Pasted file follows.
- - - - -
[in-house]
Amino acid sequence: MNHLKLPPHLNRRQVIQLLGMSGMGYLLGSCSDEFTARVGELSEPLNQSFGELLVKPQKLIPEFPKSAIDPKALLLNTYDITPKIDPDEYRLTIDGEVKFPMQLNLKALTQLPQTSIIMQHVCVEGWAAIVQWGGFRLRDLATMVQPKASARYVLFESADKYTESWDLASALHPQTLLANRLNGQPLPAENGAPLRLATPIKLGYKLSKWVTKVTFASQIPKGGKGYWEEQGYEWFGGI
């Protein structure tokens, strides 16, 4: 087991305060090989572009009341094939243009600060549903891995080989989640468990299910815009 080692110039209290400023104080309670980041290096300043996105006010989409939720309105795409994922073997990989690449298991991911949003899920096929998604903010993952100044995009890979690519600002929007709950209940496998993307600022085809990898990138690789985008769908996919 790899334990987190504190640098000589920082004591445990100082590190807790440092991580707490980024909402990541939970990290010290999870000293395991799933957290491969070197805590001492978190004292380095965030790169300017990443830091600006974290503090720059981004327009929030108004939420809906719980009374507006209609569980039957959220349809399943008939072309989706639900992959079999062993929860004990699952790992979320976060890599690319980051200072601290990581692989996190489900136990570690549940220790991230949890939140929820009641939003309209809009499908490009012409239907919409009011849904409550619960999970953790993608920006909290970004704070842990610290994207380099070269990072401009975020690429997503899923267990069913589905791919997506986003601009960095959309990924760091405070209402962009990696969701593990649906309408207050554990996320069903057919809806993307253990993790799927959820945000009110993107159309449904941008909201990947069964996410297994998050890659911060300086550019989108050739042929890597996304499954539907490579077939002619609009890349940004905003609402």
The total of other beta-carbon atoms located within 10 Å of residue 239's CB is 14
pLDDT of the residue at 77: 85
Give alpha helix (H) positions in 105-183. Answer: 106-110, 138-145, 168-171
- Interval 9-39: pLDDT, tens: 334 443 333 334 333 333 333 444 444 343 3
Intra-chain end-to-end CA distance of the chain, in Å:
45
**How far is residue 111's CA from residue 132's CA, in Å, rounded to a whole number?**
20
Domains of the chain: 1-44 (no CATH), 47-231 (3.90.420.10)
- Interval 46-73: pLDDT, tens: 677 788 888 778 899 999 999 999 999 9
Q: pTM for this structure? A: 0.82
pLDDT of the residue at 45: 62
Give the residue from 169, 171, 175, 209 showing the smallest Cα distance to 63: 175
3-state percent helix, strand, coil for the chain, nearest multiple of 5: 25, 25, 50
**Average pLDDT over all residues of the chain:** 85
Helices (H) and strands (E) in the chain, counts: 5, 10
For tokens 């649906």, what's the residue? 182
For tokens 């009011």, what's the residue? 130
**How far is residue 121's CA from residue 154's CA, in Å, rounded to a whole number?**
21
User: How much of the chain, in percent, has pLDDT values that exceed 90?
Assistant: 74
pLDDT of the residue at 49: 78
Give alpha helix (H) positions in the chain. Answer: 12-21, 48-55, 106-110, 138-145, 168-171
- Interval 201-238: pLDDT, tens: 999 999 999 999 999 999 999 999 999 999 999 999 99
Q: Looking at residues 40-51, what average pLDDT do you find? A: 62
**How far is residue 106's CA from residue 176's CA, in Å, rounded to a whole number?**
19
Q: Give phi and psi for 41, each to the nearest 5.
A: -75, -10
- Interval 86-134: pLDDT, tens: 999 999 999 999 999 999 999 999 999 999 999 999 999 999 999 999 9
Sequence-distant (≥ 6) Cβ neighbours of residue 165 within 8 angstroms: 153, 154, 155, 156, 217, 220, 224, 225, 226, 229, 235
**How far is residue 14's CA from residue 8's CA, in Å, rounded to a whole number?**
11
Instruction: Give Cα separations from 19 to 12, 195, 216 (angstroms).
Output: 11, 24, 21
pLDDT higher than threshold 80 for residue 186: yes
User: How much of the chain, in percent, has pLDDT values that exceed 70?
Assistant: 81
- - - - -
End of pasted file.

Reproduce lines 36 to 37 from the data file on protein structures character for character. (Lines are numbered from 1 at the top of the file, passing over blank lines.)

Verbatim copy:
**How far is residue 14's CA from residue 8's CA, in Å, rounded to a whole number?**
11